Peak Temperatures Will Push Electric Grid to the Brink in an Ever-Warming World
Rising temperature could cost U.S. utilities as much as $180 billion this century due to greater electricity demand.
If your electric bill shocks you now, just wait until climate change kicks in.
A warmer world will mean more demand for air conditioning, putting more of a strain on power plants and the network of wires that transmit electricity around the United States. And building the plants needed to carry that load could cost U.S. utilities between $70 and $180 billion over the coming decades, depending on how much the world reduces its output of carbon dioxide and other gases blamed for nudging up global temperatures.
That's the conclusion of a new study by researchers in California and Michigan, who used data from American power grid operators and computer models of expected emissions to come up with their cost estimate.
"It points to climate change mitigation being more valuable than we thought, just because climate change adaptation is going to be more expensive than we thought," said Catherine Hausman, a University of Michigan economist who co-authored the study.
The projected increases aren't evenly spread around the country. The Northwest, where electricity is more commonly used for heat, is expected to see less consumption as temperatures get warmer.
But in the business-as-usual scenario developed by climate scientists, the number of days that utilities have run at peak capacity to meet expected demand balloons more than fifteenfold by the end of the century. In places like Texas, that means going from four days a year when utilities have to crank their plants up to 11 to as many as 65.
If countries manage to cut emissions moderately in the coming decades, the number of peak demand days only quadruples. But that still means an average increase in demand of about 3 percent a year, and 7 percent on peak days; in the worst-case scenario, peak demand could spike as high as 18 percent.
"We have time to figure it out, but the solutions I would currently envision for figuring this out will cost money," Hausman said.
The study was published this month in the research journal Proceedings of the National Academy of Sciences.
The Paris climate accord, which went into effect in November, calls for steep cuts in emissions in order to keep global average temperatures from warming more than 2 degrees Celsius (3.6 Fahrenheit) above the late 19th century average by 2100. The moderate cuts might be enough to keep the planetary thermostat at or slightly above that mark, beyond which scientists warn climate change could become catastrophic. Without them, the world may see average temperatures topping 4 C - fueling more intense storms, deeper droughts and raising sea levels that will displace millions of people, while making it harder to grow crops and fight diseases.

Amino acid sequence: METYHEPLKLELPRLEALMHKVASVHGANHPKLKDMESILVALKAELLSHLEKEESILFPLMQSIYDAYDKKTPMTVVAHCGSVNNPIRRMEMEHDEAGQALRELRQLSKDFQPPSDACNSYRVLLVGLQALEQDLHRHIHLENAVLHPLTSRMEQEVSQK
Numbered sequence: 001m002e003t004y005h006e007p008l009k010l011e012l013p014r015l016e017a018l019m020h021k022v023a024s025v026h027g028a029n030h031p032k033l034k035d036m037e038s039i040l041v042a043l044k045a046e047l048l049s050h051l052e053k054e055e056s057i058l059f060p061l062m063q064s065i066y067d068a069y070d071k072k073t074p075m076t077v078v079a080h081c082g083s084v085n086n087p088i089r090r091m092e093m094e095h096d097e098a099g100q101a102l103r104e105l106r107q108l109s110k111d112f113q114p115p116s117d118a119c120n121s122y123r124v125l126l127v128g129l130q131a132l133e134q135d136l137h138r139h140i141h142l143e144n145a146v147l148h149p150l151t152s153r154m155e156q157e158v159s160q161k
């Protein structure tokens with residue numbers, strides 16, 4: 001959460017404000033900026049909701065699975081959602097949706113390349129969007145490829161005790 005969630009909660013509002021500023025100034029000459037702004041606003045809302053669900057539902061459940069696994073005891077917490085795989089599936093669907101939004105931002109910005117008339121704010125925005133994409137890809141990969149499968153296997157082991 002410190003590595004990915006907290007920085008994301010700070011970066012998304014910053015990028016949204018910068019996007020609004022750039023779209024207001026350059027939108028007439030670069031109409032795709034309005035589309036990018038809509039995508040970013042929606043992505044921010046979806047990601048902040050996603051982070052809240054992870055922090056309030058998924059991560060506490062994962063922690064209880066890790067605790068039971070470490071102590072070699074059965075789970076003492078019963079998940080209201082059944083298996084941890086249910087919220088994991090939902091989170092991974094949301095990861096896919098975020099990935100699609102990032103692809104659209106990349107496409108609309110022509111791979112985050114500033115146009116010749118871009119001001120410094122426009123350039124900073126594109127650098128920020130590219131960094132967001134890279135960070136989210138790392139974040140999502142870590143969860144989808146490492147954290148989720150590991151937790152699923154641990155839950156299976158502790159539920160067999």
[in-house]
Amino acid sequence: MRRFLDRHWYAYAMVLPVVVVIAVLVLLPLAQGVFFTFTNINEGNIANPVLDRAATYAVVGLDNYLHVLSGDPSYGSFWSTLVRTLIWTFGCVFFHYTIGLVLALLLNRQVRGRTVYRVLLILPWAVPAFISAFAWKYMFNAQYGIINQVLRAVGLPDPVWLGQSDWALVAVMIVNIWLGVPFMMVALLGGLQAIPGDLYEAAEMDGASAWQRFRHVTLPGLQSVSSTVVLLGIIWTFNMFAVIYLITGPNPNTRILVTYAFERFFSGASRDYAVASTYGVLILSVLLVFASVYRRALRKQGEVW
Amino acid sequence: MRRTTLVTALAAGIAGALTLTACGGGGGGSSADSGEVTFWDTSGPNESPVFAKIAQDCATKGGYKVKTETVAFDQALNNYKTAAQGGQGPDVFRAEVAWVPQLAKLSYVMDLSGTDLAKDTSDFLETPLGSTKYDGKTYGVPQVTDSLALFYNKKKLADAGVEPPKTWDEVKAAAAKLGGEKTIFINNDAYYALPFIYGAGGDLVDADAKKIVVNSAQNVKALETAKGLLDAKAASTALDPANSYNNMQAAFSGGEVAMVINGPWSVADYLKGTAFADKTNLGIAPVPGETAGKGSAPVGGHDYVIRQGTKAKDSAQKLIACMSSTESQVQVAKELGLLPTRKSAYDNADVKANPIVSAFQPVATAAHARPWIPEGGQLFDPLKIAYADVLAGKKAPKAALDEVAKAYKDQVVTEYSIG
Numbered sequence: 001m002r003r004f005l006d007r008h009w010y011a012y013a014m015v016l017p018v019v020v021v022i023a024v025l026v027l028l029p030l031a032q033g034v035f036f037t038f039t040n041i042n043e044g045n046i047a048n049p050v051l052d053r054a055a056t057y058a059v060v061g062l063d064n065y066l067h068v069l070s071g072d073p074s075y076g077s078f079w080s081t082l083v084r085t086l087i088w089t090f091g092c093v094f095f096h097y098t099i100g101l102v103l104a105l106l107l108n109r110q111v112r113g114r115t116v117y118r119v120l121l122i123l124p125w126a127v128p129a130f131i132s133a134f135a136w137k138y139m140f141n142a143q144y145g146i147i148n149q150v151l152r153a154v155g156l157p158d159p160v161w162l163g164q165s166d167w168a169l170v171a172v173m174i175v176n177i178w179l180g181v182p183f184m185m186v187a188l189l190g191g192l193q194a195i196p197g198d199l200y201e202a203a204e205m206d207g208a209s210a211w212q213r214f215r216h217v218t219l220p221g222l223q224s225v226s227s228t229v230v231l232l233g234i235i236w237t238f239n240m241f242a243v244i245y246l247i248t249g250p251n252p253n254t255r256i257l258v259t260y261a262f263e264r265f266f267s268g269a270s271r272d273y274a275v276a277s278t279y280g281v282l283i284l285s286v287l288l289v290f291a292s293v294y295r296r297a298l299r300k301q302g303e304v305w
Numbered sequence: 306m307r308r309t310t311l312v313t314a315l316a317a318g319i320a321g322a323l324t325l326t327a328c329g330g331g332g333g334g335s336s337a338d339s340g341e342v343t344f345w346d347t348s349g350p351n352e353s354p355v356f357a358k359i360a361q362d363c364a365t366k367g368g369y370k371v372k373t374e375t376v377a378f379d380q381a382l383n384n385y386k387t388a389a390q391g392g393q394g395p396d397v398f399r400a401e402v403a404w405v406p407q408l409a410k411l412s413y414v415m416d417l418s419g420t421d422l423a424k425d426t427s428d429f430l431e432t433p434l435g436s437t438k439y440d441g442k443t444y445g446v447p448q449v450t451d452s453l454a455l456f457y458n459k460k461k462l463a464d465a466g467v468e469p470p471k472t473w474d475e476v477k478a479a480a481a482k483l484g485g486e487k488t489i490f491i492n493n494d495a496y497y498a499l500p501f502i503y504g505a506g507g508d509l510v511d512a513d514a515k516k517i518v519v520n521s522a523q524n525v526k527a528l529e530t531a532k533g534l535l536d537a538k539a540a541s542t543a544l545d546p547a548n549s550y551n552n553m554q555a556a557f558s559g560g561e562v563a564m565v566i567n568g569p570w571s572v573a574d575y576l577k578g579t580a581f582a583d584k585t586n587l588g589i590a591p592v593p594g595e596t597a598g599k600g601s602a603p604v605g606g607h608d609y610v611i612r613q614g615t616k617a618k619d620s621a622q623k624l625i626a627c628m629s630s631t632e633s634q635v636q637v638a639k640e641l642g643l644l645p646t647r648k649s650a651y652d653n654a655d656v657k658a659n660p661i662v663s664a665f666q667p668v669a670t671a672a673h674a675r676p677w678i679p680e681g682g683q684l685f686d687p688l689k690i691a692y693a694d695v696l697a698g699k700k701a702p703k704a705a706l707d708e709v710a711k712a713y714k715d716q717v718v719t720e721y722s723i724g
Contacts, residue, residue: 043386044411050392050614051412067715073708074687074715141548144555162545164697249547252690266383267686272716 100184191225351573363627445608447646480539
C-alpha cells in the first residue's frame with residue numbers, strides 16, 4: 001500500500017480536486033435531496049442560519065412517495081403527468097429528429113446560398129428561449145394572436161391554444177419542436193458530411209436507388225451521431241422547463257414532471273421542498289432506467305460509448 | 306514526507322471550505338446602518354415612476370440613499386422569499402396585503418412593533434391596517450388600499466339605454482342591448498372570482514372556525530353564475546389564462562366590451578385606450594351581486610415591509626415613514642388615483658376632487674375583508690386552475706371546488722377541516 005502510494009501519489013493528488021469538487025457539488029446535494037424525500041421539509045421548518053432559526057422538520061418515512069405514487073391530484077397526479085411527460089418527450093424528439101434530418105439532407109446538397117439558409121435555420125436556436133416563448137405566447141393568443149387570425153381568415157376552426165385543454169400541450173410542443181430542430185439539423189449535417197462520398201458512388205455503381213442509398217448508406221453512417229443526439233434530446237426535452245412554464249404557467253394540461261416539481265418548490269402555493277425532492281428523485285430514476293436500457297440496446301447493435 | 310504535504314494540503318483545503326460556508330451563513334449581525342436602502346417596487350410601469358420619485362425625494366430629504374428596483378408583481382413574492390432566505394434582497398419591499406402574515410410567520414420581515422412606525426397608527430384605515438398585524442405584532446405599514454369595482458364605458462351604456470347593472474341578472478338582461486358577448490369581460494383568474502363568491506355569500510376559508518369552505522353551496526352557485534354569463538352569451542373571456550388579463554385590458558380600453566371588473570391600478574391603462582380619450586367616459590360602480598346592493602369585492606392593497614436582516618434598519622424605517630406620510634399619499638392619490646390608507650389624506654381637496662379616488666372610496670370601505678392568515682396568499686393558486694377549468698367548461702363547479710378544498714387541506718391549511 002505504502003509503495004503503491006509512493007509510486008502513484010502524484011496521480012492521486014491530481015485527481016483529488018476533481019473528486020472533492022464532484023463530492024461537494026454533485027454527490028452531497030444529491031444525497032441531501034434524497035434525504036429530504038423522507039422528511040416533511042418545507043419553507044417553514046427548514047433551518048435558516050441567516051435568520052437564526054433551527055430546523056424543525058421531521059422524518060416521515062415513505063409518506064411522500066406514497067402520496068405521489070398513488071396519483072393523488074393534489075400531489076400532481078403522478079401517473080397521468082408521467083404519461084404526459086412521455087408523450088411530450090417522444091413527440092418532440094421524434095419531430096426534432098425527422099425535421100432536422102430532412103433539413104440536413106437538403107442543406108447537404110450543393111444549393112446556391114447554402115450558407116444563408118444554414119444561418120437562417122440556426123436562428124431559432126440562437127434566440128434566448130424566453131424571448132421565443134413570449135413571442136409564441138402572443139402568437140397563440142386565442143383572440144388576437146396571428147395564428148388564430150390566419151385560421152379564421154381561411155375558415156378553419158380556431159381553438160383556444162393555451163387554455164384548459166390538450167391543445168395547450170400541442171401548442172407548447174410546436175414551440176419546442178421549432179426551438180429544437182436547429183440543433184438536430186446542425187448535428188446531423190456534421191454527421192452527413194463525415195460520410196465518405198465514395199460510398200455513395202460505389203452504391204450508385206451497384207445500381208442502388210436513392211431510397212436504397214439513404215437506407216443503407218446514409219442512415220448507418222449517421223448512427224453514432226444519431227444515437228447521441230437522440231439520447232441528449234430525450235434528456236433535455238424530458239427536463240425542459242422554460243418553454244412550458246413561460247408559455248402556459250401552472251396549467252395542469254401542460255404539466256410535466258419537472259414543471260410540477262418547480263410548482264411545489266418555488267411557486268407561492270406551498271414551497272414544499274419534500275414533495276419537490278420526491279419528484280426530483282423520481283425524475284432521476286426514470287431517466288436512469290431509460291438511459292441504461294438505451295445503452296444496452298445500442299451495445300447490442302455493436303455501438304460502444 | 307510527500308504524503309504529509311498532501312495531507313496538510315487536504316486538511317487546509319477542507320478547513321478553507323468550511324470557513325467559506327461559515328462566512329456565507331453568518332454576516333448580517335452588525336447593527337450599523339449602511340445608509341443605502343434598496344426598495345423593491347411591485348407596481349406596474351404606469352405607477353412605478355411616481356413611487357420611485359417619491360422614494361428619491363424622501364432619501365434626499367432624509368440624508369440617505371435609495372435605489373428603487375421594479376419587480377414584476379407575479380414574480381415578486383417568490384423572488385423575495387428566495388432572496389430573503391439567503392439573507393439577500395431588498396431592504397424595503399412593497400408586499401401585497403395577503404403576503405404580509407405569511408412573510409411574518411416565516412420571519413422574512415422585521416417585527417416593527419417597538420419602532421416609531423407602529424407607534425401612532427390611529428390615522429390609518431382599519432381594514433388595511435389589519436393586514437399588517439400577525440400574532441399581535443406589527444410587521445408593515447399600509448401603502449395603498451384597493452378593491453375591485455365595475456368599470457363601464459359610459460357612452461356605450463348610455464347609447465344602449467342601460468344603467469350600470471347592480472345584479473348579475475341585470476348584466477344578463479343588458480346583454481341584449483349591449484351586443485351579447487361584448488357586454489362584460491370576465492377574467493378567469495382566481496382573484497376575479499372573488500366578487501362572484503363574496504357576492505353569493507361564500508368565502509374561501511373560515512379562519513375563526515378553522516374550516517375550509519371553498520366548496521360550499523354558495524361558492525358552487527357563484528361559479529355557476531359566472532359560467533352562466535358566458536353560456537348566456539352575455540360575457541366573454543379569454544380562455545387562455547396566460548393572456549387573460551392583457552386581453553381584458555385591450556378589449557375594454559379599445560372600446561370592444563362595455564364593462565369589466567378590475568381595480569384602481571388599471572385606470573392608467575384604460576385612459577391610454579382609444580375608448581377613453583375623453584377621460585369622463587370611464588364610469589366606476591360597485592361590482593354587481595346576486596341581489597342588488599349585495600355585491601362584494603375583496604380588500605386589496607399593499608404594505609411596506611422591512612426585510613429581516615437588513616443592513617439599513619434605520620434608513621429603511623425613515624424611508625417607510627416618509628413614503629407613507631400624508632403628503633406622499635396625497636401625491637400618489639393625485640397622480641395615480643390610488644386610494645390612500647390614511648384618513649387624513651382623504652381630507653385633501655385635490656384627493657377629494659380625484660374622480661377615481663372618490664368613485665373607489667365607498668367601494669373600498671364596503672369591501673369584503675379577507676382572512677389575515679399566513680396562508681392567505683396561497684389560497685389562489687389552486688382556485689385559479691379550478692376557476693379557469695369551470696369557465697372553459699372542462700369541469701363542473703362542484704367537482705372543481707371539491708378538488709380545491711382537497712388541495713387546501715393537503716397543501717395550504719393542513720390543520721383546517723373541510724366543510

To complicate things further, Hausman said the additional demand she foresees is likely to be met by burning more natural gas, rather than renewable electric sources like solar and wind. Power company executives are making long-term decisions based on what's at hand now, and the technology to store power from renewables at large scale isn't available yet, she said.
The study doesn't calculate the expected effect on emissions from the additional capacity. But even if renewable sources like solar and wind power and low-carbon but controversial nuclear energy are part of the mix, the scenarios Hausman laid out are likely to mean more carbon emissions, said Marilyn Brown, who studies energy markets at the Georgia Institute of Technology.
"I'm not sure I'd want $180 billion worth of new power plants just to meet this load," Brown said. "I'd rather shrink that by managing demand as much as possible."
Improvements in efficiency and more use of renewable power could go a long way toward blunting that expected spike, Brown said. New federal standards for air conditioners went into effect in 2015. Roofs that reflect rather than absorb solar radiation and something as simple as planting more trees for shade can help keep buildings cool without relying on electricity, she said.
"There's no CO2 penalty for shade trees," Brown said.
The U.S. strategy for attacking climate change focuses heavily on increasing efficiency and promoting more renewables to meet future demand. And the U.S. Department of Energy has called for spending between $300 and $500 billion to update the grid for the 21st century. On top of that, the rapid drop in the price of solar power has piqued many consumers' interest, opening up an opportunity for many homeowners to reduce their dependence on existing utilities.
But the EPA's Clean Power Plan - a key element of the U.S. pledge under the Paris accord - has been placed on hold by the Supreme Court. And the new Trump administration, led by a president who has called climate change a "hoax," appears more interested in reviving the carbon-heavy coal industry and supporting major fossil-fuel projects like the Dakota Access and Keystone XL pipelines.
Brown said the energy market is shifting rapidly, and market forces may keep some of the momentum toward cleaner power going even under an administration hostile to climate action.
"Low gas prices have resulted in more conversion of much more coal to gas than we would have anticipated," she said. "So we're not quite on track to meet the goals of the Clean Power Plan, but we're not far behind."
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Editor's note: The article previously stated that the Paris climate agreement came into force in October. The agreement entered into force on November 4, 2016.